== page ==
Project IMP06

Developing local communities of practice to help establish Compassionate Communities in Suffolk and Norfolk

Developing local communities of practice to help establish Compassionate Communities in Suffolk and Norfolk 



The pioneer of the international Compassionate Communities approaches, Professor Allan Kellehear, has identified that a person living at home with a life-limiting illness may come into contact with statutory services up to 5% of any day. He asks the question, ‘As a community, what can we do to occupy that 95%?’

In Western societies, death has increasingly become medicalised while crucial knowledge and skills at a community level have steadily declined. Compassionate Communities supports the idea of spreading a concept known as ‘death literacy’ – which is practical know-how about what to do and where to find support in a palliative or end of life care context. This involves mobilising community assets, harnessing and connecting inherent skills and resources that already exist at a neighbourhood level, to improve experiences for people experiencing life-limiting illness, loss, or grief.

Compassionate Communities: A public health approach to palliative and end of life care is a project within the ARC EoE’s Palliative and End of Life Care (PEOLC)Theme. The project (PEOLC13: seeks to support community development in line with Kellehear’s compassionate communities ethos and with NHS England’s PEOLC Ambition framework for local action (2021). More specifically, the project addresses Ambition 6: ‘Each Community is Prepared to Help.’ 

One aim within the PEOLC Theme’s Compassionate Communities project is to convene and embed a series of citizen-led communities of practice (CoPs). These are a well-established method to share, learn and develop the kinds of skills and practical know-how that are needed to grow death literacy and to provide support for people in the community who need to give or receive end-of-life-care. The researcher responsible for the Compassionate Communities project therefore turned to the ARC EoE’s Implementation Leads, who have expertise in facilitating CoPs to implement service change.

Implementation activity

Early discussions established that the evidence base for the effectiveness of Compassionate Communities warranted the inclusion of this project in the ARC’s portfolio. It also became clear that the complexities of running community-based CoPs for this purpose would require an innovative approach that differs from the ARC’s more clinically-focussed implementation projects. 

Work to develop compassionate communities was already commencing, based at two hospices in Suffolk. (Similar work in Waveney – one of the ARC EoE’s populations in focus – had been planned but was on hold for local organisational reasons).  In line with ARC’s usual methods, a CoP design group was set up, as a result of which it was agreed to have one CoP in each of the three Suffolk sites (‘Locality CoPs’) whose role will be to accelerate the establishment of sustained compassionate communities in their neighbourhoods. The three groups will be led by local community ‘connectors’ and leaders, whom the ARC Implementation Leads will co-ordinate, facilitate and train in the craft of establishing, facilitating and sustaining the locality CoPs.  Other potential CoP leaders may also be involved in that training, both within and beyond the three current localities. The training has now commenced.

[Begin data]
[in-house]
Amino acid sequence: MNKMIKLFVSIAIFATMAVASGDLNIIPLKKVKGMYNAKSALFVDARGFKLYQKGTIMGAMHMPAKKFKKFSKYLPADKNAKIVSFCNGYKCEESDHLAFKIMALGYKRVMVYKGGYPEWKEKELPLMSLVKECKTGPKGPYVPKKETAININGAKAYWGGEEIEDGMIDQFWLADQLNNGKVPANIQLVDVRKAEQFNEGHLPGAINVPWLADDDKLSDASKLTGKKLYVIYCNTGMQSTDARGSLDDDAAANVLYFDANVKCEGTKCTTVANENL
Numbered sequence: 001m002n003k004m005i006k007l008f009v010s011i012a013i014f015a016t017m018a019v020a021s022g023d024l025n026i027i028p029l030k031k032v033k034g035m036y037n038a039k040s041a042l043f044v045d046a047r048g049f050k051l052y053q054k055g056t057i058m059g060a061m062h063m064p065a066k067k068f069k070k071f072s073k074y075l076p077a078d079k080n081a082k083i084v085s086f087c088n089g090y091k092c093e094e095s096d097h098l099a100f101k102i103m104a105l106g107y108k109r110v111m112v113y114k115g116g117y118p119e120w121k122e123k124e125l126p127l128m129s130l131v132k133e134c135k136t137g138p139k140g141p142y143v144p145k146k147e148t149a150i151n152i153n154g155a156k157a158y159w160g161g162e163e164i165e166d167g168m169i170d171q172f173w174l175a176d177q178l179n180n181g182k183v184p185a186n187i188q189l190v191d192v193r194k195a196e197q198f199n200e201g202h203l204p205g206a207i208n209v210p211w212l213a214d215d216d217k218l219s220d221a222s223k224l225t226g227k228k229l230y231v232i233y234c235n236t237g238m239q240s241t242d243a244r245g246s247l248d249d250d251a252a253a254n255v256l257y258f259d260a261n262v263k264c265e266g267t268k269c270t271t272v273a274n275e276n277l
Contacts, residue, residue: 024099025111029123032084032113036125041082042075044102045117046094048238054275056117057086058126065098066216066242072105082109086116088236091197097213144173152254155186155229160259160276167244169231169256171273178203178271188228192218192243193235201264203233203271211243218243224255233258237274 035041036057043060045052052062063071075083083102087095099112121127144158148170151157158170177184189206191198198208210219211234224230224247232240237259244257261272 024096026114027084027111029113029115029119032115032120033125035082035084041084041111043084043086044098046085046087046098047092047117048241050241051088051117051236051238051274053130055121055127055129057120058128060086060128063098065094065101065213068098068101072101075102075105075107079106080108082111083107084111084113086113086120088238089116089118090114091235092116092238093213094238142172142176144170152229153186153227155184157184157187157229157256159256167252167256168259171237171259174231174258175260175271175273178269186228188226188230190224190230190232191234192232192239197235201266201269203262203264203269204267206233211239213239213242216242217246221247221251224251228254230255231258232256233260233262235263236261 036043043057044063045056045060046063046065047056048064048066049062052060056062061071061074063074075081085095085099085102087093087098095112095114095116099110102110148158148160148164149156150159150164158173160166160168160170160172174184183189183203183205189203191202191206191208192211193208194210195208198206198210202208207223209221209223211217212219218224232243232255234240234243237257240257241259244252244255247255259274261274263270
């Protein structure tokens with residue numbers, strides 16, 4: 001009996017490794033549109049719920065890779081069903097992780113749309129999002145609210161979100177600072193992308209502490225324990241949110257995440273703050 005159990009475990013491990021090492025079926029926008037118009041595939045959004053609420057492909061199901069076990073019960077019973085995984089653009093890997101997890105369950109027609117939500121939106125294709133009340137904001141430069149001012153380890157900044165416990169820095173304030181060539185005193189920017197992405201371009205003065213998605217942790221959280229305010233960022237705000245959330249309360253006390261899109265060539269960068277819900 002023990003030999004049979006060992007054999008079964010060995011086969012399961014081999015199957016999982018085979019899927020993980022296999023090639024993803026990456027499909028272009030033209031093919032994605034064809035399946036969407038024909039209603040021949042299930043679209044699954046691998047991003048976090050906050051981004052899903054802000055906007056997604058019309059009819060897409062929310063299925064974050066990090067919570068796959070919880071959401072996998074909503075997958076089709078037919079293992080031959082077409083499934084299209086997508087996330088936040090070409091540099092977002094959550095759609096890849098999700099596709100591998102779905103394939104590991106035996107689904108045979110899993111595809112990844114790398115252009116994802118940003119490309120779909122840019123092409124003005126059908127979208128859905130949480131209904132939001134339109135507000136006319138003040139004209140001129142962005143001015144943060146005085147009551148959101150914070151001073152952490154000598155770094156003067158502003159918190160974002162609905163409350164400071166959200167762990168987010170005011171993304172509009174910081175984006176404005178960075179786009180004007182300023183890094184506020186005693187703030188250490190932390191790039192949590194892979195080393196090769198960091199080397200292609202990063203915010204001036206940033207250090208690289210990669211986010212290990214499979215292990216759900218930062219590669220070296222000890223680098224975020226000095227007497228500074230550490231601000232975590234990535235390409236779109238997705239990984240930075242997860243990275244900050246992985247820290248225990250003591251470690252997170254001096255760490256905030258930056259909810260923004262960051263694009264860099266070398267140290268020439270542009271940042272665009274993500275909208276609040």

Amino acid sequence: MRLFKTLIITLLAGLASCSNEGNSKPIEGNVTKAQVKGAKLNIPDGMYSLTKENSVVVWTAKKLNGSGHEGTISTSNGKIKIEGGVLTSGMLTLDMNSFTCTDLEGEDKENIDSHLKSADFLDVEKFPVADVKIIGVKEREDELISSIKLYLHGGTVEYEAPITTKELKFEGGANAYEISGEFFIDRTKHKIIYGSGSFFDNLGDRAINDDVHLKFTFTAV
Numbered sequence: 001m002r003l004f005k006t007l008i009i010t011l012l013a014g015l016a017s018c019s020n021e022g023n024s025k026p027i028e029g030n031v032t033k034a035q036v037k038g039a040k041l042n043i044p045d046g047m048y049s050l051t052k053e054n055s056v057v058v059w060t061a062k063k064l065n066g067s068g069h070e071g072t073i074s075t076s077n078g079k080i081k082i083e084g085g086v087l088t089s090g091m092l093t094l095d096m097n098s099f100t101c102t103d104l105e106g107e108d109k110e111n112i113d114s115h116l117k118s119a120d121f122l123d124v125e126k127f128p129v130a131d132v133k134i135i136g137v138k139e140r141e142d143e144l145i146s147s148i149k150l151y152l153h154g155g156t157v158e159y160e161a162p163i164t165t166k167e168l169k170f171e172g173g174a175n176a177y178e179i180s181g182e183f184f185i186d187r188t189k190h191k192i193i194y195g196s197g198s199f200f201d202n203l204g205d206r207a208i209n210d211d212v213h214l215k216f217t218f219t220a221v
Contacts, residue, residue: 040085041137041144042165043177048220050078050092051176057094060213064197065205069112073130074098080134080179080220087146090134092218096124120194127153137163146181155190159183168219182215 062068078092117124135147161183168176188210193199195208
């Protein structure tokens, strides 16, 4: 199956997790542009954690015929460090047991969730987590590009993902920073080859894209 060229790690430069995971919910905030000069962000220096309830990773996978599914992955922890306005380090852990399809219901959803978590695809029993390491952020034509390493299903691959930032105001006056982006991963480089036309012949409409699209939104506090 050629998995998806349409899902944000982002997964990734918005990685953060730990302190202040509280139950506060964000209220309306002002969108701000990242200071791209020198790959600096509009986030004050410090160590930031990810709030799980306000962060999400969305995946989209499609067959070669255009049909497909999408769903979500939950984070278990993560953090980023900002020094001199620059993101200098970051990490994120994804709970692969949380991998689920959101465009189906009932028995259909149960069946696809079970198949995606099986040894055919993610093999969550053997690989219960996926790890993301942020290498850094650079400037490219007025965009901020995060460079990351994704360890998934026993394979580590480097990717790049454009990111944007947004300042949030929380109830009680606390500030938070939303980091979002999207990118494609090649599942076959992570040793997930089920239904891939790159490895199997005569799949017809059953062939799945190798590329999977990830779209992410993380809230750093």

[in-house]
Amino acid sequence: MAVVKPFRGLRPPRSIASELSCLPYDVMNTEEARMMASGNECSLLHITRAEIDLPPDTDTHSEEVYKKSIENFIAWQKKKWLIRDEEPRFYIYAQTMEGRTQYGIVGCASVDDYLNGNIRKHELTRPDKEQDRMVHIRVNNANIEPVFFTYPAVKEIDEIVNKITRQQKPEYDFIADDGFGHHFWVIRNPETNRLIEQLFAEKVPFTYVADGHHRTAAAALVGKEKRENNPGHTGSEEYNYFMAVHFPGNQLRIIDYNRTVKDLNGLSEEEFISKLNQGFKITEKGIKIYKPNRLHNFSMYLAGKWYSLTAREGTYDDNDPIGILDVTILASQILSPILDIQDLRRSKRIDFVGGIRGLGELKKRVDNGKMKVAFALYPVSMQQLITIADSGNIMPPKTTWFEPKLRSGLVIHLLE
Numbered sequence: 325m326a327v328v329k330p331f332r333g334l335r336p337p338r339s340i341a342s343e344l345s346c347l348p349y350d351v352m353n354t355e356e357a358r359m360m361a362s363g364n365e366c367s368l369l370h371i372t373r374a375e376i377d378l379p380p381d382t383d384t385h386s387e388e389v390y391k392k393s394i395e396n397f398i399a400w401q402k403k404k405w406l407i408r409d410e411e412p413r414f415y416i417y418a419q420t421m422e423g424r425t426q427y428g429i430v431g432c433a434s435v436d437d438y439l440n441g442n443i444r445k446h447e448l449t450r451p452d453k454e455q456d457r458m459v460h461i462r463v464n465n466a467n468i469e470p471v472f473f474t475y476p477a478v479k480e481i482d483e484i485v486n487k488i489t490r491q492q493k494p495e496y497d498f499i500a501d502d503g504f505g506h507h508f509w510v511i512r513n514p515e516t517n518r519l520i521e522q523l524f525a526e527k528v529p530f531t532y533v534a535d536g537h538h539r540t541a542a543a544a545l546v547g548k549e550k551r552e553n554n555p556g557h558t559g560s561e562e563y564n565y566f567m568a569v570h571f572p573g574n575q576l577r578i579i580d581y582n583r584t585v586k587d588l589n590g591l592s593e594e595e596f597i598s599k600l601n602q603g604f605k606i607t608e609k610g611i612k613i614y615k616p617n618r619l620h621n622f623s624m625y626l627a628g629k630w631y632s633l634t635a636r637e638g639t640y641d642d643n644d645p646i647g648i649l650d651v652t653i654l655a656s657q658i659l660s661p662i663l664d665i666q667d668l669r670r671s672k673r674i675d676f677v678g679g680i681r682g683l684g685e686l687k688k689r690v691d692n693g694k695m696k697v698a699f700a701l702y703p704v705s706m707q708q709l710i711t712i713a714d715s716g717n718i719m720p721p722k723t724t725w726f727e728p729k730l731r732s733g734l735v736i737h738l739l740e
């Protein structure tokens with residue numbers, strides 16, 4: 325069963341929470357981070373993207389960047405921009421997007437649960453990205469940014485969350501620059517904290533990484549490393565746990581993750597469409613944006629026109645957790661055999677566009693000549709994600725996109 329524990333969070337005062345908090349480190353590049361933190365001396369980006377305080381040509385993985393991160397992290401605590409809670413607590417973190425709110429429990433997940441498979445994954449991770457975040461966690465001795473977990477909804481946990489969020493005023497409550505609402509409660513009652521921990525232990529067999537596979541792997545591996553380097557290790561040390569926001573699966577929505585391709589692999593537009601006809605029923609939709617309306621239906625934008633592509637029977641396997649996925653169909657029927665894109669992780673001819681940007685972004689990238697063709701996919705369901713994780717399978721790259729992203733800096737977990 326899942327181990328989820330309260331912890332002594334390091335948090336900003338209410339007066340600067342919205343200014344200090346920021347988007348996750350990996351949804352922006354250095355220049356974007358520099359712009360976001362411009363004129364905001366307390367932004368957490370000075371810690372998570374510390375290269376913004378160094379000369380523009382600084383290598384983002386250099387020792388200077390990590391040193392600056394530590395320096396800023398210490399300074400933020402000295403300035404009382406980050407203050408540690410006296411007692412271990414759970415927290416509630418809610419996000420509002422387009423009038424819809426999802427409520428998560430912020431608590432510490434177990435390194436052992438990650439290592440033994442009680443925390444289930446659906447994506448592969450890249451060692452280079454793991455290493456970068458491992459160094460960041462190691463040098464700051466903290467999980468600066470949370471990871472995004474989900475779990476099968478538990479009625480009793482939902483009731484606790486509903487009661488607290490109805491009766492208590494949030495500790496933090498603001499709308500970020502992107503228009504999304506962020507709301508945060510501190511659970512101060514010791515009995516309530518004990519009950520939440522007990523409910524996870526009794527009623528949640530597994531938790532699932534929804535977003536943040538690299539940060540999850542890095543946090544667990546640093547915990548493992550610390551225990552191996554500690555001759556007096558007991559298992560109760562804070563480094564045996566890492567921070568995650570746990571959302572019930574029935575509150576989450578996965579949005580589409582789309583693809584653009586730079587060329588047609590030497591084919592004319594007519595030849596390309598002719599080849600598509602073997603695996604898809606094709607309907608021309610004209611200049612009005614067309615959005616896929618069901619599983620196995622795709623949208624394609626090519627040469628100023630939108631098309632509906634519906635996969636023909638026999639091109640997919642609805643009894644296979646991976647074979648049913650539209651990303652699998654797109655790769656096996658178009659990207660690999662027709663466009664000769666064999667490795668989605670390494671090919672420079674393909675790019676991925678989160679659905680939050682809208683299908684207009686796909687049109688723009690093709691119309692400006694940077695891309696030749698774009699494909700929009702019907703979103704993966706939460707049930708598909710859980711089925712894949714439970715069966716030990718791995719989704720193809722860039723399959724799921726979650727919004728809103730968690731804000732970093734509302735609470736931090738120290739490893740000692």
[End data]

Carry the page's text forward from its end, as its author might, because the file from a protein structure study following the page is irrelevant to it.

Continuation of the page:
Three sites are now engaged in this work and are beginning to develop a range of local Compassionate Community activity that will align with the compassionate civic charter 

One of the Locality CoPs in Suffolk, linked to Waveney:

  • held a well-publicised ‘Hearts Trail’ – an event for Dying Matters – that involved local school children in raising awareness about the compassionate communities project and what hospice offers as a community asset.
  • works with a local Forest School to run intergenerational gatherings discussing birth, death and everything in between whilst being in the woods performing practical tasks.
  • is developing a bereavement awareness session suitable for all sharing key messages on how you can provide support to someone recently bereaved.
  • is arranging to train volunteers to become ‘conversation partners’ to hold advanced-care-planning conversations, for which they have created a booklet  

The two other Suffolk towns have now formed four groups working as Locality CoPs, with around 30 members in total, who are commencing their contribution to the local development of compassionate communities.

The work of all the CoPs will be evaluated as part of the overall Compassionate Communities Project (PEOLC13).